SOLID WOOD SOFA

the story of our rooms

by:BoomDear Wood     2019-12-19
How many rooms do you have?
This has been a census problem in the UK since 1871.
But what does the number and type of rooms say about the evolution of houses over the centuries?
In the Middle Ages, many Europeans cook, eat, sleep and socialize in a large room.
By the beginning of the 21 st century, British families had an average of five housing units.
According to the 2001 census, there are 34 guest rooms in total.
When analyzing the 2011 UK census form, it will become clear whether this is up or down.
Centuries ago, no one but the rich could have a kitchen, a living room, or a bedroom.
There is a central fireplace that warms and cooks food, with straw-
Filled tray placed on the floor to sleep.
The walls are erected over time, dividing the house into specialized areas
The development of the new room is partly due to technology and also to our changing attitude towards privacy, cleanliness and class.
Today, again under the walls.
Central heating and pumping means we no longer need walls to keep the heat and smell of cooking.
A guest room is about to go extinct, or at least can\'t be distinguished, says Lucy Worsley, curator of the historic royal palace --
Living room.
\"We have gone through the height of the proliferation and specialization of Victorian rooms: billiard room, morning room, party, research.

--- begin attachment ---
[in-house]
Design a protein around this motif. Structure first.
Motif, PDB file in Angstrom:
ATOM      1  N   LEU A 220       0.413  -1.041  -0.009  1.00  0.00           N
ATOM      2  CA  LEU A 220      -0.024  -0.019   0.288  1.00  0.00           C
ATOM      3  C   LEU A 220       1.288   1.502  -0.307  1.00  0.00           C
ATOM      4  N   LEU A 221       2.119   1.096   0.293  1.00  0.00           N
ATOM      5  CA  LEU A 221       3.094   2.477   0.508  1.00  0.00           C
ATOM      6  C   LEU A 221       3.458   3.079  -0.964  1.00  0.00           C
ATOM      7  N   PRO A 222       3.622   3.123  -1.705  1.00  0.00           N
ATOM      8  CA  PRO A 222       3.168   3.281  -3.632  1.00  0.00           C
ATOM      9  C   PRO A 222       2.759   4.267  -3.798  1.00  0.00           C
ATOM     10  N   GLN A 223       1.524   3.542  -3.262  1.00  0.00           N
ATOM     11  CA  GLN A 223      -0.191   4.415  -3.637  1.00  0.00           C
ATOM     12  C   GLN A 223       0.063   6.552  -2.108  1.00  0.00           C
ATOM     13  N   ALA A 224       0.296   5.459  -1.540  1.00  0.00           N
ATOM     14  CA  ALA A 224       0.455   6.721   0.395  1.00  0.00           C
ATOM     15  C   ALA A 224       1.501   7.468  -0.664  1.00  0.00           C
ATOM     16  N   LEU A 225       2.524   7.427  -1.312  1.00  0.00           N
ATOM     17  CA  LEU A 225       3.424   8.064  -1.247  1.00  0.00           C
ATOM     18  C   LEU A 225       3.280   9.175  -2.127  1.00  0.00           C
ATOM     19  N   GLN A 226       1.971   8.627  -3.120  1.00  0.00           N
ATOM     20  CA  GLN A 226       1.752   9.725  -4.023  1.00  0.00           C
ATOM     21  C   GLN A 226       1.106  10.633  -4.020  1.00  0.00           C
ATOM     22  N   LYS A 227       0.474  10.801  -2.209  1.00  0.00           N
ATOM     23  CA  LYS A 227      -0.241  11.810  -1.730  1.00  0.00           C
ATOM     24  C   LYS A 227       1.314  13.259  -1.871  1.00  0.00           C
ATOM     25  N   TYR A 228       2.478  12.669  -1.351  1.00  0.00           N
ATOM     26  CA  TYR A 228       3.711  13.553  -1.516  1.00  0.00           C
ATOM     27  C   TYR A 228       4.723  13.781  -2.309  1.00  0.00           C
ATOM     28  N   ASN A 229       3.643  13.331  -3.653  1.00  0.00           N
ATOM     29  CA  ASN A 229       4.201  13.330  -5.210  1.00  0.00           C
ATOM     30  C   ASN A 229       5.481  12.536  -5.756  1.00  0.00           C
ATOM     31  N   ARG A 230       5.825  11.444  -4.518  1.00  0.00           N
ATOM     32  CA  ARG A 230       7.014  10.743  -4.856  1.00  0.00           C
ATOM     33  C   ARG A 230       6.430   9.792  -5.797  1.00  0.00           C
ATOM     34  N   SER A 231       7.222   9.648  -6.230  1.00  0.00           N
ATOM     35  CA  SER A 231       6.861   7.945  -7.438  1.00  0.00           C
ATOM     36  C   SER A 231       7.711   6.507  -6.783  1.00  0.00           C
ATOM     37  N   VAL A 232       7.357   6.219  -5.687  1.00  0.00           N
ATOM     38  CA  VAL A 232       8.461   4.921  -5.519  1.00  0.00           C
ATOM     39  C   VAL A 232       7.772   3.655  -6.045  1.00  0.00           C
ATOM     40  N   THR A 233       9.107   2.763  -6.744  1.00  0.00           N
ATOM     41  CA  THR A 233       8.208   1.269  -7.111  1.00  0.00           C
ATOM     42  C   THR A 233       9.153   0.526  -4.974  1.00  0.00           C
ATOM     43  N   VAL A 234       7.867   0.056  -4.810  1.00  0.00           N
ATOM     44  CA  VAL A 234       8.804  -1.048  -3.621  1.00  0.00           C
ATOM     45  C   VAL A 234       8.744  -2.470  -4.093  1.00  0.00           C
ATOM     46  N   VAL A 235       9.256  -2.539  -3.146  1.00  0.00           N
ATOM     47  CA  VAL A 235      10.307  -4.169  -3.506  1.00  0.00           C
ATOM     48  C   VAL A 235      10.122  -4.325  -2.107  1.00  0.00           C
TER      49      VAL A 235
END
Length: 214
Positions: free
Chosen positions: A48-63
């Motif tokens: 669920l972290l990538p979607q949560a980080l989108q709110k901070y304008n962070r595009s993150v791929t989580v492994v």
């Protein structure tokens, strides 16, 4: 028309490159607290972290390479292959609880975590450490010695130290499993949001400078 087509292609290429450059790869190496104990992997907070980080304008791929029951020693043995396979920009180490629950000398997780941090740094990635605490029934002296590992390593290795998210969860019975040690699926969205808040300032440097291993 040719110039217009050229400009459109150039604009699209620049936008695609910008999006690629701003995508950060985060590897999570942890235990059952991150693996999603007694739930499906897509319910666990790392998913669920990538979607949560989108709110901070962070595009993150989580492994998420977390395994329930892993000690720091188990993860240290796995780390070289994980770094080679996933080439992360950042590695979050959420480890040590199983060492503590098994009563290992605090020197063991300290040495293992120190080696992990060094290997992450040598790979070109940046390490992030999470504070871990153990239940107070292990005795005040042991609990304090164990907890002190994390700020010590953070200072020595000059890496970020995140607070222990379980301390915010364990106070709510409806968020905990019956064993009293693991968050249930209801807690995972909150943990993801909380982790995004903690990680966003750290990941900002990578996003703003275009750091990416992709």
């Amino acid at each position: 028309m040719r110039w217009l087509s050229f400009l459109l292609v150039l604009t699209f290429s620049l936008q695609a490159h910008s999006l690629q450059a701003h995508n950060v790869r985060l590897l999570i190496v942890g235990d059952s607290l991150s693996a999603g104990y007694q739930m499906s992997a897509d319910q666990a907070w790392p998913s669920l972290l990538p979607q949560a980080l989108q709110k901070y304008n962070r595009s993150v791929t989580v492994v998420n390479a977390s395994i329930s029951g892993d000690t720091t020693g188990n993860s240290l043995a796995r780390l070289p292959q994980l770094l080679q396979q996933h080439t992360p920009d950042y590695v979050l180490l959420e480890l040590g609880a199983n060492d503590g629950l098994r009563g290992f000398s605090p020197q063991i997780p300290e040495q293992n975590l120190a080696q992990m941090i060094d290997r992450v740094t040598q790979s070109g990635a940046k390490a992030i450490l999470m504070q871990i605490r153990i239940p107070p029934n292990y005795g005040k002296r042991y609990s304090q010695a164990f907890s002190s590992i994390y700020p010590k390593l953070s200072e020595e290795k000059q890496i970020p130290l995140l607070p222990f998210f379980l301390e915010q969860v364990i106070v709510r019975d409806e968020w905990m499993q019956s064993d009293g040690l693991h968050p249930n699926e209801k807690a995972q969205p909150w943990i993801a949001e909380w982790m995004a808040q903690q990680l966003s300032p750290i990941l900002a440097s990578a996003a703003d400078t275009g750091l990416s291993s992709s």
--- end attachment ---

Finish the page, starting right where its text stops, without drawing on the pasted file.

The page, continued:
This is a space that is no longer affordable.
\"The current trend is like returning to medieval life.
I live in an open air.
There is a plane of central space.
I use it to cook, eat, watch TV
Fire storytelling in the modern sense
The guest slept on my sofa.
\"While the design of some homes is open --plan -
Or do that. in many new-
According to a study by Mike Roys of BRE, there are more but smaller rooms in the building (
Building Research institutions).
\"There may be more rooms for the new property --
\"Suite, cloakroom, study, utility,\" he said . \".
The nobles had a living room during Tudor.
Middle-income people began to own them in the 17 th century, and in the 18 th century everyone was eager to have a room that was purely for the best.
The concept of taste has arrived.
The visit to the magnificent house began, with architects such as Robert Adam launching a lavish catalogue of clocks and ceiling roses for the mass market.
\"The living room only develops when people have cash to splurge, which is a leisure time to invest in space,\" Worsley said . \".
\"It\'s like a stage where life is performed for the benefit of tourists.
\"Even in Victorian workers\' Villas, residents add color to the decor, such as edges, net curtains and ceramic cage pants --
They cook, eat, work and socialize in one room.
\"You\'ll see the neighbors in the living room keep up a lot, whether it\'s through the soft furniture of 1600 or the new way of heating and lighting --
Gas and electricity
The trend of the 19 th century, or today\'s gadgets.
Roys said: \"The average living room area has been declining since 1975 as builders have cut space to make room for families
Suite bathroom, function room and study room.
\"All of these are extra rooms as we were told this was what people wanted in a modern, independent property.
\"Used to be public and the bedroom is private today.